The Toxic Effects of Plastic

the harmful effects of plastic

Every single piece of plastic that was ever made still exists on Earth today… And not only are these plastics polluting our beaches, our oceans, and the environment in general, they’re also polluting us. Here are some of the harmful effects plastic is having on our health.

This is because plastic takes anywhere from 10-1,000 years or more to break down, with glass bottles being estimated to take one million years (the exact time is unknown) if left to decompose in landfill.

When we talk about plastic “breaking down”, it’s probably more accurate to say it “breaks up”, because over time, plastic doesn’t degrade (it’s completely synthetic), instead it breaks up into millions of tiny pieces called microplastics which have been found all over the world; in our water, in our soil, in our food, in marine life, in placentas and newbornsEverywhere.

Not only are these plastics polluting our beaches, our oceans, and the environment in general, they’re also polluting us.

The first fully synthetic plastic – meaning it was completely artificial, not one of its molecules were found in nature – was created in 1907 by Leo Baekeland.

With the discovery of plastic, the distribution of food and water around the world has since become much easier (however this does pose problems in itself), yet more and more research and data collected from years of increased plastic use now advise that we seriously need to rethink how we use plastic on a daily basis.

For me personally, I strongly feel that for the health of our planet, and for the sake of our own health, it’s time we started dramatically reducing (even eliminating, where possible) the amount of plastic we use day-to-day. Here’s why.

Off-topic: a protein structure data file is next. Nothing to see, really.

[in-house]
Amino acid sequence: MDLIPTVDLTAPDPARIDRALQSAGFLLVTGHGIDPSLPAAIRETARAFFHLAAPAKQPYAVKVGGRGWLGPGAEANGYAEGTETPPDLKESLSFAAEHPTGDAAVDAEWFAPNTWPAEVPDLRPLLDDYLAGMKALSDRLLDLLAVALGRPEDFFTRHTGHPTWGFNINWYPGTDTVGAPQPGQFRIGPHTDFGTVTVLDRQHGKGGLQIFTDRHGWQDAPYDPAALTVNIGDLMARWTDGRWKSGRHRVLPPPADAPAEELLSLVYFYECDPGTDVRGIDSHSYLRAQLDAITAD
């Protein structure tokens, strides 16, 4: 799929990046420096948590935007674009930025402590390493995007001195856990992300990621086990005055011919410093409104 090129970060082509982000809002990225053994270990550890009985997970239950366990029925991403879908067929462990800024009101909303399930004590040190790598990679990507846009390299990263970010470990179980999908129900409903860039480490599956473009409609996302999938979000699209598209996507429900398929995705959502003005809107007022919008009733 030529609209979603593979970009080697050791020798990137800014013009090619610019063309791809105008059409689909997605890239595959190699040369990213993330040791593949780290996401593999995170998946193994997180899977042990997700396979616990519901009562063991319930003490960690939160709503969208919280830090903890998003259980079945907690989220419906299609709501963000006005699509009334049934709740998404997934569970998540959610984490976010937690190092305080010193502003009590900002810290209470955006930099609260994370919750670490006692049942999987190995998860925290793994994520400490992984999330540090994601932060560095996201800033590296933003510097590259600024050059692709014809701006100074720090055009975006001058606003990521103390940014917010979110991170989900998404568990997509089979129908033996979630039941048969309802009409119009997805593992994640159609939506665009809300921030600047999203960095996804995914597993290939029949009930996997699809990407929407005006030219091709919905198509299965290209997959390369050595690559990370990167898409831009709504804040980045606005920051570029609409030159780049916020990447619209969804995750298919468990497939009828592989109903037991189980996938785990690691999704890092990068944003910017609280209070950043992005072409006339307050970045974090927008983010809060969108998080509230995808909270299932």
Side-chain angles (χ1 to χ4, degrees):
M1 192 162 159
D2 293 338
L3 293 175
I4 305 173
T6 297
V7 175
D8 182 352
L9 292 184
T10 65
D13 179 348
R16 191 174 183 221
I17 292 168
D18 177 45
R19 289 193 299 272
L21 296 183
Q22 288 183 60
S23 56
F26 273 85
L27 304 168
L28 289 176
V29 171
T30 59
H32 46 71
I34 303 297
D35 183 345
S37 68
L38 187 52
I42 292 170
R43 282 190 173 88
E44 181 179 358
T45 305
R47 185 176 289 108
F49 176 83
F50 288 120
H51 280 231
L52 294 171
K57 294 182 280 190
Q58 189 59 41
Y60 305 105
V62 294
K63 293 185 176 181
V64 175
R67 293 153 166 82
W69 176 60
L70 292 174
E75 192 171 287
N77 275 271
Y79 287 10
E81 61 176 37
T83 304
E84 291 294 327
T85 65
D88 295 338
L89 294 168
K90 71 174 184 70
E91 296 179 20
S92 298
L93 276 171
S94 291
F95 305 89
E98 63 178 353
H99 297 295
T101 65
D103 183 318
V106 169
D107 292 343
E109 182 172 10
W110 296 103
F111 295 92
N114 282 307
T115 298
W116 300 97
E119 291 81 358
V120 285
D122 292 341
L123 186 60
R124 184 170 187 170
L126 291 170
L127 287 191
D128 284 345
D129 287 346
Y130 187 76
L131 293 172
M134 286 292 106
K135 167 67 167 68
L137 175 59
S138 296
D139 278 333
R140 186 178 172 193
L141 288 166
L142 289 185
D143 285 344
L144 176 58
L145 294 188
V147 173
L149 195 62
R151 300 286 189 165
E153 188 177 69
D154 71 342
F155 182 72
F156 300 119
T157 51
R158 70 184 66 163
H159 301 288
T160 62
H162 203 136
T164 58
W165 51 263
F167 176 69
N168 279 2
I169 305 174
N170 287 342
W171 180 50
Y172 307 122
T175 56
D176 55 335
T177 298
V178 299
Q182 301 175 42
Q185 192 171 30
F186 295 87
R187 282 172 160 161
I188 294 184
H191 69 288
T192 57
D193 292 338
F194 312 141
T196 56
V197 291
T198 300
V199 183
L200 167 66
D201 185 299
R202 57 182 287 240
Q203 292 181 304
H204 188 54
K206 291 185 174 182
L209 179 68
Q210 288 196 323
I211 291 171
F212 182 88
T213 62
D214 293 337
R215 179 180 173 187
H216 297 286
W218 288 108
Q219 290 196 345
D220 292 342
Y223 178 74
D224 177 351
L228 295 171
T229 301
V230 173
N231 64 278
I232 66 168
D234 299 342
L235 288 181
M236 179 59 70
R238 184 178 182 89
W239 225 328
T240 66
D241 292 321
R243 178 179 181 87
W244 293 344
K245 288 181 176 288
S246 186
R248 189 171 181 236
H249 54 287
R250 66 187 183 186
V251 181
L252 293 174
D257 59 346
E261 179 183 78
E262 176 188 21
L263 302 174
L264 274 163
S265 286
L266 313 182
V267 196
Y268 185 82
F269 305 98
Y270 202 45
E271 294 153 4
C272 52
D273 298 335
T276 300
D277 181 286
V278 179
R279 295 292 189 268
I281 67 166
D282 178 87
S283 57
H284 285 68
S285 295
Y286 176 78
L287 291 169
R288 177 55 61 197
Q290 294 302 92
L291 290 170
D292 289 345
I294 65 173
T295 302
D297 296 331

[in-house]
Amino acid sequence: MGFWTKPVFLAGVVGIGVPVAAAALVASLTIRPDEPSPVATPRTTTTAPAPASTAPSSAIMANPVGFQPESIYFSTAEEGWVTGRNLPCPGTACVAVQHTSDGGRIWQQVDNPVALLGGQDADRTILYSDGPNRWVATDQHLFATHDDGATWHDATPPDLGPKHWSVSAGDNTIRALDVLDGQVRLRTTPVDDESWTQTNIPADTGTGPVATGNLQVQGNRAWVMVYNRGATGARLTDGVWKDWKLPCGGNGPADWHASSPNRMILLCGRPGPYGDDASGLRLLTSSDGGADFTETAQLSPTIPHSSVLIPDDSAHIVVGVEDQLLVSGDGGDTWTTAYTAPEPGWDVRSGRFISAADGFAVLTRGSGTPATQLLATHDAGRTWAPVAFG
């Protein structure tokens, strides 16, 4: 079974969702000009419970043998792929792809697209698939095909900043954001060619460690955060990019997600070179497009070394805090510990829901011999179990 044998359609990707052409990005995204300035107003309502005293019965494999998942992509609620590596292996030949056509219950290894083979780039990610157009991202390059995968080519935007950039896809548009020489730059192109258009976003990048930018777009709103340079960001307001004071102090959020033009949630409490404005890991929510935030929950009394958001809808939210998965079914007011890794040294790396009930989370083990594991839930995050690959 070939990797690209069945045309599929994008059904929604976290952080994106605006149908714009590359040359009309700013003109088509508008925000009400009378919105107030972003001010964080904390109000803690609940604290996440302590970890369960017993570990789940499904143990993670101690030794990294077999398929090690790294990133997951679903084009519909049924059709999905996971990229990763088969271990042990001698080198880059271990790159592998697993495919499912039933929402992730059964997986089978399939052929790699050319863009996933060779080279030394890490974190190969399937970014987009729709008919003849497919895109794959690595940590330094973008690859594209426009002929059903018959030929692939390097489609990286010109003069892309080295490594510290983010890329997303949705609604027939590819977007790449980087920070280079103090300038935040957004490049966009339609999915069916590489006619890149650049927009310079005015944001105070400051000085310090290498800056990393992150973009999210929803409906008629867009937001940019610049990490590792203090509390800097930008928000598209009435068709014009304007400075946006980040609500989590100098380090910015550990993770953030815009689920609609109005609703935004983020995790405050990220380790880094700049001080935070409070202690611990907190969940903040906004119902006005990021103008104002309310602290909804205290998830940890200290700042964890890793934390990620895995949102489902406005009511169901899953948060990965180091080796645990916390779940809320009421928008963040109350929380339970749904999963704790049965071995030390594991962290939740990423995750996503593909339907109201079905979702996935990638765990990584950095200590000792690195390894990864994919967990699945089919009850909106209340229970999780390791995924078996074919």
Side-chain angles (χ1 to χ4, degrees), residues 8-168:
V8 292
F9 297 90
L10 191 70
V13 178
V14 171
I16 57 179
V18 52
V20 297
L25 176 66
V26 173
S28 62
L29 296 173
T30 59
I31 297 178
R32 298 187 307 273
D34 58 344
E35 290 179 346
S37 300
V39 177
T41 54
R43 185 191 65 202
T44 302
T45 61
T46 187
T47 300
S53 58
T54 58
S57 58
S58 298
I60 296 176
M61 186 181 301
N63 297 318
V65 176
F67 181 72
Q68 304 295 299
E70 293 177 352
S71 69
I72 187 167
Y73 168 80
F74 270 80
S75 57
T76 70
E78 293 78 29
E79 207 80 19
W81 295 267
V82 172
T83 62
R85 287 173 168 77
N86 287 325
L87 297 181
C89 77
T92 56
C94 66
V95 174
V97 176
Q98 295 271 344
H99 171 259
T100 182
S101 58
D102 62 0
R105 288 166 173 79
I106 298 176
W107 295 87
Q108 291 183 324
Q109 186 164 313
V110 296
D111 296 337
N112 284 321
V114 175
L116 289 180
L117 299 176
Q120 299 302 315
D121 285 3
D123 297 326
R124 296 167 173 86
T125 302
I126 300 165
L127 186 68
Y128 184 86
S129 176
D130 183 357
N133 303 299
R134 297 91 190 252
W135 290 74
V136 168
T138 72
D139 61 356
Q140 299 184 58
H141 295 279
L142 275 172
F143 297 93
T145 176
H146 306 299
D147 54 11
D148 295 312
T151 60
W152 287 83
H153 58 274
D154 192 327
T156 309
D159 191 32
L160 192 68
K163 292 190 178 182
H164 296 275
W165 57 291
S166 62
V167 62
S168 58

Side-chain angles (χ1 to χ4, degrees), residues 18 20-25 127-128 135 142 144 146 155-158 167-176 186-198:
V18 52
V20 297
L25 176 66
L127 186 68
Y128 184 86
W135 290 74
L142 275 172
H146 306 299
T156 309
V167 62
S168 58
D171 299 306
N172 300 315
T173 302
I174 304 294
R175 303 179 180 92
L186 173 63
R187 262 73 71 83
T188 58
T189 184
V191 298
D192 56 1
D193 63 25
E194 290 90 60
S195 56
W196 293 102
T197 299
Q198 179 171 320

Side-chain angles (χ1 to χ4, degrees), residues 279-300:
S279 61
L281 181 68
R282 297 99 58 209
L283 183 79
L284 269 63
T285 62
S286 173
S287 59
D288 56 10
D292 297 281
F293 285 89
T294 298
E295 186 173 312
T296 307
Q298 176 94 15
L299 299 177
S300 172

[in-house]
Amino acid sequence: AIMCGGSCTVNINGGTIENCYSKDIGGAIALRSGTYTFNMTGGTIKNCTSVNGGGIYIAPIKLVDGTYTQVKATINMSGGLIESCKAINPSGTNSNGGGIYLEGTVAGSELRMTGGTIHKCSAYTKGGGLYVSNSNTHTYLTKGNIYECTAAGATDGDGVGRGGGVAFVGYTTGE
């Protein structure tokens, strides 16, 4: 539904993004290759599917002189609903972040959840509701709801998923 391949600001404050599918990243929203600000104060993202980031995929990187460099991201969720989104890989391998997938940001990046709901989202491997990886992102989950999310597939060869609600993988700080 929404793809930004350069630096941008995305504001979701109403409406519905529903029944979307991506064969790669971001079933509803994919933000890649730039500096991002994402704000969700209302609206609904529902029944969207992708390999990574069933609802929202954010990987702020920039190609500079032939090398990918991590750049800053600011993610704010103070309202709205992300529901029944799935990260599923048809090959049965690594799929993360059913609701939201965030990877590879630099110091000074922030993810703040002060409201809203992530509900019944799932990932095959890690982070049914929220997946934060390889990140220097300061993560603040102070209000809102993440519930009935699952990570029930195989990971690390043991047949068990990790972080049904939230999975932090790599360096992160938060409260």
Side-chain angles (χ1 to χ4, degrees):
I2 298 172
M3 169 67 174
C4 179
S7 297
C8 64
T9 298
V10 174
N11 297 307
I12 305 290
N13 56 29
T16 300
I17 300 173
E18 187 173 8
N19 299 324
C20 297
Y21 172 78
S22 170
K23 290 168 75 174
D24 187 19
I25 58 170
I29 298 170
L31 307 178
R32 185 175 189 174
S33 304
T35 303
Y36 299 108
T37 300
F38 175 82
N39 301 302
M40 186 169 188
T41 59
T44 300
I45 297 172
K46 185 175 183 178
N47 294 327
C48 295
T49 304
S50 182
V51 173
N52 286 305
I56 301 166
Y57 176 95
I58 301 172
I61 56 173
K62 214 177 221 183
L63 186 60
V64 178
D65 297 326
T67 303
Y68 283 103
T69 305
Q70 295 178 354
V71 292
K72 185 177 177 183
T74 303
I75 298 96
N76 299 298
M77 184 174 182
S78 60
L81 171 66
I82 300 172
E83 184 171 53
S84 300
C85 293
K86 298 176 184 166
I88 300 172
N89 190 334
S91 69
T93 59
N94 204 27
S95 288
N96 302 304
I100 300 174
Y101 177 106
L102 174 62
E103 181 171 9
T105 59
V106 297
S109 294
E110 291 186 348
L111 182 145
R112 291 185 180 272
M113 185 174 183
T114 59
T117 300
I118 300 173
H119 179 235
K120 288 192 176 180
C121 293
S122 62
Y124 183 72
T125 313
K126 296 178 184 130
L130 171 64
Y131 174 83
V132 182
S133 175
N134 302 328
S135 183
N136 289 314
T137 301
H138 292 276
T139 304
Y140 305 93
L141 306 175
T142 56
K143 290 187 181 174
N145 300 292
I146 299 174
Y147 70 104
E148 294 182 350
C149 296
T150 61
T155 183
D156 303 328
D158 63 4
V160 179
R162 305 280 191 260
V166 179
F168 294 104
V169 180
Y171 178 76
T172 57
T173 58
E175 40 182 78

The Impact Plastic has on Our Health

Some chemicals, like Bisphenol-A (BPA), have already been ousted from plastic products sold around the world due to the serious health effects it poses. But this is just the tip of the iceberg.

When plastic breaks up into microplastics, these pieces become microscopic, allowing them to get into the body, bypassing the gut line barrier, where they enter the bloodstream. From there, the body absorbs the toxicity.

The chemicals found in these microplastics mimic the hormone oestrogen in the body, triggering hormone receptors over and over and over again, telling the body, in a basic sense, that we’re “pregnant”. In men, this has resulted in reduced sperm count, the development of “man boobs”, and a shrinkage in male genitalia (penis).

Plastic Free Mermaid did a really interesting interview on exactly this; the impact of plastic on the human body, which you can see here.

What is BPA?